Create and edit a multi-camera sequence (In-Depth)
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The term "MultiCam editing" describes the ability to edit material from different cameras into a single video.
Although this might sound simple, it proves to be quite hard with most other video editing programs. In most non-professional programs, material from various sources is combined by hand, which is time intensive and requires a lot of patience. Synchronized scene sequences are crucial in order not to prove distracting during viewing. You may verify the fact that this topic is gaining in significance with your own eyes at just about any family reunion. The number of people with cameras filming the events rises year by year.
The basics of MultiCam editing dictates that all recordings have the same resolution and that no HD video is inserted between scenes with regular DVD quality. There are two ways of synchronizing recordings from different cameras. With visual synchronization, a prominent visual cue, such as a flash, is localized. This flash is then found on other video recordings, and then serves as a synchronization point for all sources. The difficulty lies in precise synchronization of all recordings.
The second option is audio synchronization. Video editing software Movie Studio shows just how easy it is to synchronously combine material from various sources with MAGIX.To start, simply load or import two movies into the program. It is important not to place either of the videos on the first track, as it is reserved for the final movie. With audio synchronization, a prominent synch point must be found just like with visual synchronization, but in this case it is a sound, not a picture. In the example here, a soccer match is filmed using 2 cameras. The synchronization point is the referee's whistle. To try and synchronize both recordings using an audio cue is very labor-intensive. However, if you right-click the video file and select "volume curve", you will see the wave form of the file's soundtrack. It makes it much easier to determine the audio synchrionization point. The first video on track three (the video track) and four (the audio track) is selected, the synchronization cue point is selected using the position marker, and then the "Set snap point" function activated by going to "Edit > Edit snap point". A vertical line appears where the synchronization point lies.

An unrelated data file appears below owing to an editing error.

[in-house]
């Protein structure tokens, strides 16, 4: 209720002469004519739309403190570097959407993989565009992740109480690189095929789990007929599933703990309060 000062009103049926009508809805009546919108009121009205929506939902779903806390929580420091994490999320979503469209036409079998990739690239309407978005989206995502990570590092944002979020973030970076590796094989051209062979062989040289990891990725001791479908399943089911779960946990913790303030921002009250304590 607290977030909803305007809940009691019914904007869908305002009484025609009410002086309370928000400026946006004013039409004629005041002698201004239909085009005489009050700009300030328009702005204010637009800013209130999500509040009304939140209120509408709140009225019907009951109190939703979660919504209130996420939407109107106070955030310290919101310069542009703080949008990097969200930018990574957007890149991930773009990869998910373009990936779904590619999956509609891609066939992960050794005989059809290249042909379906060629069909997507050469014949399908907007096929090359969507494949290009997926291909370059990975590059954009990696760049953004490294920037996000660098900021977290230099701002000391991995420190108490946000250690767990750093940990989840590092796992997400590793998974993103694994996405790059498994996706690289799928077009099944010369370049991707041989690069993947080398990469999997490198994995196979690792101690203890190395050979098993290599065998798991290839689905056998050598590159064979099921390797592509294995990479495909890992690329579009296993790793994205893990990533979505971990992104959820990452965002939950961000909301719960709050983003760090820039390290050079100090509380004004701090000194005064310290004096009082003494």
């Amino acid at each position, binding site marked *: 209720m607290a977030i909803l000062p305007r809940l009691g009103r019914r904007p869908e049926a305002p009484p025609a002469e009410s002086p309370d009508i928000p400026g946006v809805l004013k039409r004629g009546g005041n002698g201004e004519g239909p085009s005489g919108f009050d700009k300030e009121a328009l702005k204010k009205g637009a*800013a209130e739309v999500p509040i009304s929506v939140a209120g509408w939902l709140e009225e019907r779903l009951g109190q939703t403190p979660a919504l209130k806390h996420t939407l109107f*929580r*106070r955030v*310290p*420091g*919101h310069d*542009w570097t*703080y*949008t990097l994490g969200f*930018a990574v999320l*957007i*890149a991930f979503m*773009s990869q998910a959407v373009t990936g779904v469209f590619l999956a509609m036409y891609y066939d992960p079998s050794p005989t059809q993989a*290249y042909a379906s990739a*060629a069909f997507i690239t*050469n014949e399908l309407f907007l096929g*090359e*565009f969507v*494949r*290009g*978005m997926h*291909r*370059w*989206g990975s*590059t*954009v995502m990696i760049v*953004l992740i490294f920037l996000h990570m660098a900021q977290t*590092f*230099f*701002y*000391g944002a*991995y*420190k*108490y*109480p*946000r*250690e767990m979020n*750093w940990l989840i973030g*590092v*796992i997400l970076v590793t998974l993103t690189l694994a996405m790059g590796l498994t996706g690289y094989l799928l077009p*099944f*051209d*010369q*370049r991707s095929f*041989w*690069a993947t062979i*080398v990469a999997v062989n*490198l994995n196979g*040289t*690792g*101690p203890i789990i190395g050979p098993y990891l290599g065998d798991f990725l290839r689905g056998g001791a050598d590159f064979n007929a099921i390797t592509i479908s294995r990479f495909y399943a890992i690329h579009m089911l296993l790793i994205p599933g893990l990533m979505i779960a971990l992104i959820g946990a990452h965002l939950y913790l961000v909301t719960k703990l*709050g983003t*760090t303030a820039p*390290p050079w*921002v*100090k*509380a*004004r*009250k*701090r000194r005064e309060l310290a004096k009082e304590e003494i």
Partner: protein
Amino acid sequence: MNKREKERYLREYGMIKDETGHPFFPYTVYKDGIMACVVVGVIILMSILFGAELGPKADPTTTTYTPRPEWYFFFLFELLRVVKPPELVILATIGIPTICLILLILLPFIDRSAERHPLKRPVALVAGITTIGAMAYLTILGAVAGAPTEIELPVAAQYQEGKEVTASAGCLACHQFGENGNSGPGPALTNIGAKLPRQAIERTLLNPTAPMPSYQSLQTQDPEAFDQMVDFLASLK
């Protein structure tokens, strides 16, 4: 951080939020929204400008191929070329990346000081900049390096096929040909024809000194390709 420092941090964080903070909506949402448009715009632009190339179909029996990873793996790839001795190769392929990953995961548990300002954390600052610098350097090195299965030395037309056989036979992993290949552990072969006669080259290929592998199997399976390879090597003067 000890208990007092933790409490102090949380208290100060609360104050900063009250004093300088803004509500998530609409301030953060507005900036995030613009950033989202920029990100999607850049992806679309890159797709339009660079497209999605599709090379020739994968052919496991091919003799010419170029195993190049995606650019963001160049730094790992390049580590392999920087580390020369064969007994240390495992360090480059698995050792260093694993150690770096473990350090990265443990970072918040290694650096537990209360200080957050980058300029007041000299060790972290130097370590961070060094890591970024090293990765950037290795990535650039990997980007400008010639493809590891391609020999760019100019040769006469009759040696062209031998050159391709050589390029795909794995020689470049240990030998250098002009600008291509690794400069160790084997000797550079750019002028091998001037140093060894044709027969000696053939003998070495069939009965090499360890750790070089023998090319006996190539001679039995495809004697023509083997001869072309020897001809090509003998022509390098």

This process is repeated for the second film on tracks five and six, so that both recordings have snap points. Now, the second movie is moved by hand in such a way that one audio synchronization point lies over the other.
Now, the "MultiCam" editing function is activated, and you will see both videos in a large video monitor. The movie will be played back, and it is up to the user to click on the recording, whose perspective he prefers to use at a certain time. The "camera switches" may be viewed on a third screen where the software records and saves the edited material on the first two tracks. An additional advantage is that the length of the individual camera scenes in the edited film on the first two tracks may still be changed after the selection of scenes in the video monitor; for this, the user simply has to select the cuts on the first track and move them to the left or right using the mouse.
Simple and effective MultiCam editing with MAGIX
With Movie Studio and MAGIX Video Pro X (in this version waveform synchronization can even take place automatically), a relatively complex topic in video editing is made playfully simple. MultiCam editing places the user in a position to easily set synch points in recordings made using different cameras in order to quickly conduct synchronization and then be able jump from one perspective to another.